Jakob Ahrer (born November 18, 1888 in Sankt Stefan ob Leoben , † March 11, 1962 in Vienna ) was an Austrian lawyer and politician ( CS ).
Jakob Ahrer, the son of a forester, had in Graz Jus studied and in the First World War as an officer of the Imperial Army served. During his studies he became a member of the K.Ö.St.V. Traungau Graz and later also the K.Ö.St.V. Babenberg Graz , both in ÖCV . He was the first Republican State Government of Styria , by Wilhelm Kaan led and served from November 6, 1918 to May 27, 1919, when representatives of the Christian Social Party Councilor (Government member).
In the following three governments Governor Anton Rintelen he was on 27 May 1919 to 1 December 1924, at a time of economic crisis and high inflation with all resulting social problems, strikes, demonstrations and threats against the government, state Deputy Governor of Styria . Ahrer was seen as a liaison between industry and home defense , which he helped establish, and with the Greater Germans , but also had good connections to the Styrian Social Democrats , with whose state councils he often had to go out as a “crisis fire brigade” to calm demonstrators who tended to be violent . He was known as a friend of Viktor Wutte , who had a great influence on Styrian economic policy.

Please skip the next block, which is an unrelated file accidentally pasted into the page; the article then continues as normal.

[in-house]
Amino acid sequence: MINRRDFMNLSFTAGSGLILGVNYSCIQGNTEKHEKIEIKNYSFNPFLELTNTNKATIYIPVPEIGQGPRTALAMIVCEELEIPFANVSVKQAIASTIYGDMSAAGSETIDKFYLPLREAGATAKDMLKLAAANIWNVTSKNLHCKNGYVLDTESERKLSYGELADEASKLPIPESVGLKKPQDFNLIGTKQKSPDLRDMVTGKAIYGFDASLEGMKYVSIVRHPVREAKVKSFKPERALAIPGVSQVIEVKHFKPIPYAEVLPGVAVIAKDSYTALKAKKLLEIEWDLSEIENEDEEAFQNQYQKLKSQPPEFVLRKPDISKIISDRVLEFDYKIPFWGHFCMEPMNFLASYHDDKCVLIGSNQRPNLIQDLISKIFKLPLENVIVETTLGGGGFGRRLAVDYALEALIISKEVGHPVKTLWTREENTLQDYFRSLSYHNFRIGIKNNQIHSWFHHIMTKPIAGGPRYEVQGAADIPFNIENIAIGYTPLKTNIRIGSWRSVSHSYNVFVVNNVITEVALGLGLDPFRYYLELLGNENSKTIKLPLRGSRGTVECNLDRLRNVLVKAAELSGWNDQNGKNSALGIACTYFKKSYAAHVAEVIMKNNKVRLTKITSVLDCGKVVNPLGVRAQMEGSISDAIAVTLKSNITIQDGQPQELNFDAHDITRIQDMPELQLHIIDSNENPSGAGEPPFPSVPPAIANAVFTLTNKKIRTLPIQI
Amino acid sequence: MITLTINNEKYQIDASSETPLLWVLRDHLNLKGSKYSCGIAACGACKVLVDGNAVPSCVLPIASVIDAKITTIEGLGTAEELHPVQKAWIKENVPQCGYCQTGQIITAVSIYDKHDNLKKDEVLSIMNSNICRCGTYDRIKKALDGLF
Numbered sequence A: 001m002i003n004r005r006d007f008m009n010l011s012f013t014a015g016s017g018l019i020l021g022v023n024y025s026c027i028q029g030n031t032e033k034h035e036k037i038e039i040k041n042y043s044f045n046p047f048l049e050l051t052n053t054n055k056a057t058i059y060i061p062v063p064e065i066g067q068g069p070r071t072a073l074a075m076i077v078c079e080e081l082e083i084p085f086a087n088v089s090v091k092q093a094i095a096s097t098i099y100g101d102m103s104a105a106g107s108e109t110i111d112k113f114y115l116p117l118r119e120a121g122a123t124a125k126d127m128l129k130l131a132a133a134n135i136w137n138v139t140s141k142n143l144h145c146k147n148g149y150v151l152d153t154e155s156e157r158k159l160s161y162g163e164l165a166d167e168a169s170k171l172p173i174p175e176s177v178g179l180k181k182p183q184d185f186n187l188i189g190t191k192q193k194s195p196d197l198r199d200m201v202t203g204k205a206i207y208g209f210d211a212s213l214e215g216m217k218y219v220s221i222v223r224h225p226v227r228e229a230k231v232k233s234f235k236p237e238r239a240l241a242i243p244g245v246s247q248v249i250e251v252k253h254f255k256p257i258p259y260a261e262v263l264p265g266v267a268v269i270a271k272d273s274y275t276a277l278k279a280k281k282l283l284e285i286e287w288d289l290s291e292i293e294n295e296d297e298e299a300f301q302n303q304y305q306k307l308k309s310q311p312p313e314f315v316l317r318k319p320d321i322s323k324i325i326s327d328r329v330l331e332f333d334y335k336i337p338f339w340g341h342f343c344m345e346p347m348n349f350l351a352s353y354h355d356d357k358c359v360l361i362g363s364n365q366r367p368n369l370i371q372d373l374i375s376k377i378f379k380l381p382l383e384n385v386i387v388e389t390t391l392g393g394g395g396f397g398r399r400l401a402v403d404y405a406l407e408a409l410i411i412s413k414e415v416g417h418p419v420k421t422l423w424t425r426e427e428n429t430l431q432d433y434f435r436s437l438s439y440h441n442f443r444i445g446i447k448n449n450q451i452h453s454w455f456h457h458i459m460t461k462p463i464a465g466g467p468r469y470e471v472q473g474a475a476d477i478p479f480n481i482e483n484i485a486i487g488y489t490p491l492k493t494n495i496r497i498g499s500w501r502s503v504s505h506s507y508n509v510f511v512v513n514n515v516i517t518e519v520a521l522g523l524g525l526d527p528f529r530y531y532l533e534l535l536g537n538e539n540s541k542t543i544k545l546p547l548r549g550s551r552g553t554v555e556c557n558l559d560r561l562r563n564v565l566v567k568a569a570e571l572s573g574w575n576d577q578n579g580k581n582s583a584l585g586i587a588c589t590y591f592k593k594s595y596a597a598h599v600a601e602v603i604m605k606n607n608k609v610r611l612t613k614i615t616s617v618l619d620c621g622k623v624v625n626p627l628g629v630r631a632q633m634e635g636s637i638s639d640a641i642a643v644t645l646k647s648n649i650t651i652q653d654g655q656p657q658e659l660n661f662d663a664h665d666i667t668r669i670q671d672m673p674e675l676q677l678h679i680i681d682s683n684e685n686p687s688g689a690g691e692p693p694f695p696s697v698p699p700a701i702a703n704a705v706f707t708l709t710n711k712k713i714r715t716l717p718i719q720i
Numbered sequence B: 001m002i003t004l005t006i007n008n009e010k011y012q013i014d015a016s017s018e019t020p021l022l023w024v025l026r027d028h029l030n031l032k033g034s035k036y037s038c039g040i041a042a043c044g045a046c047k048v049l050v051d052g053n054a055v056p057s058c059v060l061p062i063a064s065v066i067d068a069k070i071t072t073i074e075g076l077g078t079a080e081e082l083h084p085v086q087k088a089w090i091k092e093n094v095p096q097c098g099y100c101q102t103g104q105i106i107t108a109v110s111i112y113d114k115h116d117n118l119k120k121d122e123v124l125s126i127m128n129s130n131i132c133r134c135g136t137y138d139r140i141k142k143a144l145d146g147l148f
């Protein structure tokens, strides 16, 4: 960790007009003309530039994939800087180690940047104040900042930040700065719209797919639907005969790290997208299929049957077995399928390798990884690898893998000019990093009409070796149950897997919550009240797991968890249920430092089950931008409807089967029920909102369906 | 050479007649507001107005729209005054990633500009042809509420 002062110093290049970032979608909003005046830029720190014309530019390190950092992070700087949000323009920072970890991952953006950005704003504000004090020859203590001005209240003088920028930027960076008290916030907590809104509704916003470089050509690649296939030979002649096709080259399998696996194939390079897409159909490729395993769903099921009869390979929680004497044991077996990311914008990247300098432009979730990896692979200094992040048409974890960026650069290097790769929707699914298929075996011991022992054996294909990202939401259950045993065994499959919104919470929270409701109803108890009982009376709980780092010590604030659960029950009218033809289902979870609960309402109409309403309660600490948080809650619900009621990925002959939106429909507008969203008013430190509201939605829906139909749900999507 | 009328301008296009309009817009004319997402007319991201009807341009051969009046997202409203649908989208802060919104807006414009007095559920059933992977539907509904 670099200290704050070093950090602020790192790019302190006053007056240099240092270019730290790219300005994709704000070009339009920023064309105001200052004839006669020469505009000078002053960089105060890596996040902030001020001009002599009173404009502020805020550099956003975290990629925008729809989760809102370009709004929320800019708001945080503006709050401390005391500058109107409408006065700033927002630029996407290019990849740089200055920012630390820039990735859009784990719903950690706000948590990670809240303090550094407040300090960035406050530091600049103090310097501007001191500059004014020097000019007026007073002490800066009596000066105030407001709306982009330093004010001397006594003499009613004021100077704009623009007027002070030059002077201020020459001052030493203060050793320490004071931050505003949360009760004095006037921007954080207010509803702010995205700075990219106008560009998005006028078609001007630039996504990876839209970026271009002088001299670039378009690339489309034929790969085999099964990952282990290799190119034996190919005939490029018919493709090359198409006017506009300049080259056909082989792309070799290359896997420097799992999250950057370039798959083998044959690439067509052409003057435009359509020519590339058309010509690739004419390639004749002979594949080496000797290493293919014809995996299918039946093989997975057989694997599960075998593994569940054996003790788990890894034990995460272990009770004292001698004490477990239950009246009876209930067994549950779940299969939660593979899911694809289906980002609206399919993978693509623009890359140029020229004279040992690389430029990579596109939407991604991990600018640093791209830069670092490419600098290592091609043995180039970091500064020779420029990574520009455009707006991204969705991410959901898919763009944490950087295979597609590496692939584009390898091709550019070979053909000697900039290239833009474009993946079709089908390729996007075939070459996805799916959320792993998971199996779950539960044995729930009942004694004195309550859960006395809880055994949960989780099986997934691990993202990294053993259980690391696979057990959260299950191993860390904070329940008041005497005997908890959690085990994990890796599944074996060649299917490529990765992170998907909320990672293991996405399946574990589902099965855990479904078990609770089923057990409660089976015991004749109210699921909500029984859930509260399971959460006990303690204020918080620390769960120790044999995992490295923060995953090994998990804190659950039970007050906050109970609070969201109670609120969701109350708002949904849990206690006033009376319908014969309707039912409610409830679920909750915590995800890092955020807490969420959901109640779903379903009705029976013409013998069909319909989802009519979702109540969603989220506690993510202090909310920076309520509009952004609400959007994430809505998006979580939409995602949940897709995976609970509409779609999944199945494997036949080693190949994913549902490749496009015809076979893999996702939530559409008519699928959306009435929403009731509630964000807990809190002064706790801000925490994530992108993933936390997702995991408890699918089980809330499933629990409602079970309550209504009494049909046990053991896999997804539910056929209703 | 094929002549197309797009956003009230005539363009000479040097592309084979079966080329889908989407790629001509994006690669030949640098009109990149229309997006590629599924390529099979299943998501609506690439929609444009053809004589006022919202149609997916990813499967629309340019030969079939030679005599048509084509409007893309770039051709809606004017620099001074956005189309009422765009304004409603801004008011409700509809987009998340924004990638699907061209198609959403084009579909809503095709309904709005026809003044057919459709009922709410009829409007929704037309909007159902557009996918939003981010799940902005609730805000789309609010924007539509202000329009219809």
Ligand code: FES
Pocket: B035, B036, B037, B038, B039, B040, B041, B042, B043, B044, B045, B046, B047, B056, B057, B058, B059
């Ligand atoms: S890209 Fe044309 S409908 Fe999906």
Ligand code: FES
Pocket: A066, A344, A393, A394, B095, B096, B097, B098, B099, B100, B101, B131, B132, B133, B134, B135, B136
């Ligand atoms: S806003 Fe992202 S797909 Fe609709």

During his tenure as finance minister in the first federal government of Ramek (November 20, 1924 to January 15, 1926), a coalition cabinet of the Christian Socials with the Greater Germans , the second part of the currency reform fell , the first part of which was decided by then Chancellor Ignaz Seipel before his term in office was: the switch to the shilling.
In 1922, in the Geneva Protocols, Seipel agreed on an international loan from the League of Nations for Austria. It was largely guaranteed by Great Britain , France , Italy and Czechoslovakia ; other member states of the League of Nations were able to join the agreement. The guarantors wanted to prevent the total collapse of the Austrian economy, which would have severely impaired European stability. Austria had to pledge its income from customs duties and from the salt and tobacco monopoly as security. The constitution-amending treaty was not overturned by the Social Democrats in parliament, but it was used intensively in their polemics against the government.